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Immigrants vital to life of nation

As director of ministry programs for The Lutheran Foundation in Fort Wayne, I’ve seen how new Americans like myself fit into the city.

From congregations to campuses, I’ve observed how immigrants strengthen our community’s values. Most of us come from societies where family is the center of life. Because of these family values, we contribute to making Fort Wayne a city where “everybody knows your name.”

Alongside those values often comes a dedication to hard work. These social and economic contributions are why Indiana has so much to gain from immigration reform.

I’m writing because I was heartened to see Indiana Sen. Joe Donnelly take a principled and positive stand by helping to pass Senate Bill 744, the immigration reform bill. I urge our Indiana delegation in the House of Representatives to create legislation that mirrors S.744’s strengths—because immigration reform is vital to our economy and community.

Indiana needs job creators and a stable labor force. This is where new Americans can and do have a huge impact. The labor that immigrants provide is not theoretical; it is real. Moreover, people who leave behind everything – family, friends, home – to journey into the unknown are often entrepreneurial.

The U.S. Chamber of Commerce reports that immigrants create businesses at a higher rate than native-born Americans. Their investment of back-breaking work can revitalize neighborhoods.

These contributions stand in contrast to the drain our broken immigration system imposes on America. The status quo tears families apart through deportations and leaves businesses without steady workers. The House must keep this in mind as they create immigration legislation.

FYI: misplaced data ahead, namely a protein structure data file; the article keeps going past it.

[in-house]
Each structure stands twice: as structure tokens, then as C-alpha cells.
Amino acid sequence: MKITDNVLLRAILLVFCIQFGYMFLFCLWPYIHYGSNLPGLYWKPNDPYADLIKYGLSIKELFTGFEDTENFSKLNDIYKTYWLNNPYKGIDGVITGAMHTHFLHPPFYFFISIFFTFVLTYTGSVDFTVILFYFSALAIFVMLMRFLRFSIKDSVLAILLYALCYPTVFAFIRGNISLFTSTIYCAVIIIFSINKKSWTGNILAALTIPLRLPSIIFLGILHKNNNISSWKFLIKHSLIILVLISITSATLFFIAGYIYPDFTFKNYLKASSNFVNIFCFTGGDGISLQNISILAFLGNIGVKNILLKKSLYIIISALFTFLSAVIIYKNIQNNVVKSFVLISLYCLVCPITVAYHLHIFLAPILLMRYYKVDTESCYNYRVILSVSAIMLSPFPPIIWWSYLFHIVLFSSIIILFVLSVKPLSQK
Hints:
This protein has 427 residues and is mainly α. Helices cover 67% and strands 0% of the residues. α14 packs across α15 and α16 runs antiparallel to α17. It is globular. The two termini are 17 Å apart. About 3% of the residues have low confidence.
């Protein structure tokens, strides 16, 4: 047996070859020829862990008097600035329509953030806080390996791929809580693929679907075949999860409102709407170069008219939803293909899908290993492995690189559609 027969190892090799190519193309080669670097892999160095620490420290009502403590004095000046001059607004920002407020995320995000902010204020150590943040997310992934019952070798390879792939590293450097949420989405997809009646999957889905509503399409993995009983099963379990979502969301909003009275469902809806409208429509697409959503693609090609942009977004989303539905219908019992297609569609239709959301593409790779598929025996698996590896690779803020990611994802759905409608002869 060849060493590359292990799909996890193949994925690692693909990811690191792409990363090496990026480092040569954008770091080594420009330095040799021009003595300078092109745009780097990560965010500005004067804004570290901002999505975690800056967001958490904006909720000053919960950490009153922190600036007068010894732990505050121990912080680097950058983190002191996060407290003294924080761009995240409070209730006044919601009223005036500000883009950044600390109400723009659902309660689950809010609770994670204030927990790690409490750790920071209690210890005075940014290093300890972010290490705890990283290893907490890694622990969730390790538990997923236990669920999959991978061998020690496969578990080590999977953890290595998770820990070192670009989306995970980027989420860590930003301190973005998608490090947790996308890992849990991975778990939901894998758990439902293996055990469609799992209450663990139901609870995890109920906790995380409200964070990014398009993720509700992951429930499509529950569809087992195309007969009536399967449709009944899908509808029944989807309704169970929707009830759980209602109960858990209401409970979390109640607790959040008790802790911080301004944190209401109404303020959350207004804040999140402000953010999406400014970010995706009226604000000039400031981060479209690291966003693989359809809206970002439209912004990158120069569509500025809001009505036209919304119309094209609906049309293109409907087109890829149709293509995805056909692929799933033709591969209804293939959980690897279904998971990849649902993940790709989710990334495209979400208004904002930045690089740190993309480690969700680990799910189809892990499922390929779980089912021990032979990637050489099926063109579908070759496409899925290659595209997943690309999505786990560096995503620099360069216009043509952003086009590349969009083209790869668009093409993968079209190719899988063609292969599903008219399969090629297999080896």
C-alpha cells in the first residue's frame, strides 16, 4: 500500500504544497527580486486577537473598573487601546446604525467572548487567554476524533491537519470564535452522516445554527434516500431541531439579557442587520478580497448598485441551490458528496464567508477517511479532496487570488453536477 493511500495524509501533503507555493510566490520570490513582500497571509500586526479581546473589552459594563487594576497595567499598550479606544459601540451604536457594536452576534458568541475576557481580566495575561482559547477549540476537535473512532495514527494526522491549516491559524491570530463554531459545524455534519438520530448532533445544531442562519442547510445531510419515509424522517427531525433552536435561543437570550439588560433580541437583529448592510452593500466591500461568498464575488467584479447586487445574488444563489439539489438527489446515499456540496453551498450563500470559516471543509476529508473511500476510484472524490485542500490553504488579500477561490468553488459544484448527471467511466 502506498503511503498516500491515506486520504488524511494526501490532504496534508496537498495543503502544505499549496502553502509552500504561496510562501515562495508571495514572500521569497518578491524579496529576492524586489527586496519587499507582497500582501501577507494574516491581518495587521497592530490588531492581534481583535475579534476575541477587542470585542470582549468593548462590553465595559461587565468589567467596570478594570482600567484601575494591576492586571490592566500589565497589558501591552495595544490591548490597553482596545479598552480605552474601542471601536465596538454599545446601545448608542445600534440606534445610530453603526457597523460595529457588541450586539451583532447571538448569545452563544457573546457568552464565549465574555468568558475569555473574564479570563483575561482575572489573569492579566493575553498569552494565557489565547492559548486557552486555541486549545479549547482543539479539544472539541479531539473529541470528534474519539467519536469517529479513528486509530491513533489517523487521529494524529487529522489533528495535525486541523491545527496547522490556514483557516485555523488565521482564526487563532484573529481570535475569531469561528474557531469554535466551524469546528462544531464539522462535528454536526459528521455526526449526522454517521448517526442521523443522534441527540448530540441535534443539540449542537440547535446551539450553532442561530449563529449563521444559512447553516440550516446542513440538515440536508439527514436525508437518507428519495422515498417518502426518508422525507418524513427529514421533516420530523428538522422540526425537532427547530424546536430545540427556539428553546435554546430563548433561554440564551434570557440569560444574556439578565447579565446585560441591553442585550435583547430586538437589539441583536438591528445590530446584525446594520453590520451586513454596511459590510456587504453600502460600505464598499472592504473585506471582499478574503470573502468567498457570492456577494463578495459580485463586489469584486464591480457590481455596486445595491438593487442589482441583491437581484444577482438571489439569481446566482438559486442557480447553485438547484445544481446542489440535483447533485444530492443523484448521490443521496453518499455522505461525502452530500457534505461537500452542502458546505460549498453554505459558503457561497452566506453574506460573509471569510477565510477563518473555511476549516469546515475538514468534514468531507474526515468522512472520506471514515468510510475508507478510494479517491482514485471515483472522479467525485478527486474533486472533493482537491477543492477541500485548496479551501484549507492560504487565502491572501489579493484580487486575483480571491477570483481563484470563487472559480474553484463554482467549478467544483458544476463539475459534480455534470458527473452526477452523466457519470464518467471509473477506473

It’s not just Lutherans who are speaking up for immigration reform. The majority of Americans are calling for reform that keeps families together and offers a roadmap to earned citizenship for 11 million aspiring new Americans.

The bipartisan consensus on S.744 is encouraging. This legislation benefits both newcomers and U.S. citizens in five key areas.

First, it helps protect families from separation and better ensures a sufficient supply of visas for some families with loved ones overseas.

Second, it provides a roadmap through which undocumented people could earn citizenship.

Third, it improves the just enforcement of immigration laws by shrinking the use of immigrant detention and expanding community support programs.

Fourth, it boosts the protection of U.S. citizen and migrant workers.

Finally, it creates more efficient processes to protect refugees and vulnerable migrants.

What strikes me about S.744 is that children are among the biggest beneficiaries. The bill contains increased legal protections for unaccompanied migrant children facing detention and improves protections for refugee children. These are critical measures. All children need loving families, and many need protection from crimes like human trafficking.

The bill is a good start, but more work looms. Now is the time for bipartisan leadership in the House of Representatives to introduce similar – or better –legislation. Our elected officials should know that our communities—which are theirs, too—will benefit.

Yohannes Mengsteab, was born and raised in Eritrea, East Africa. He came to the United States in 1983 as a refugee from the Ethio-Eritrean War. He holds degrees from a Lutheran college and seminaries. He wrote this for The Journal Gazette.

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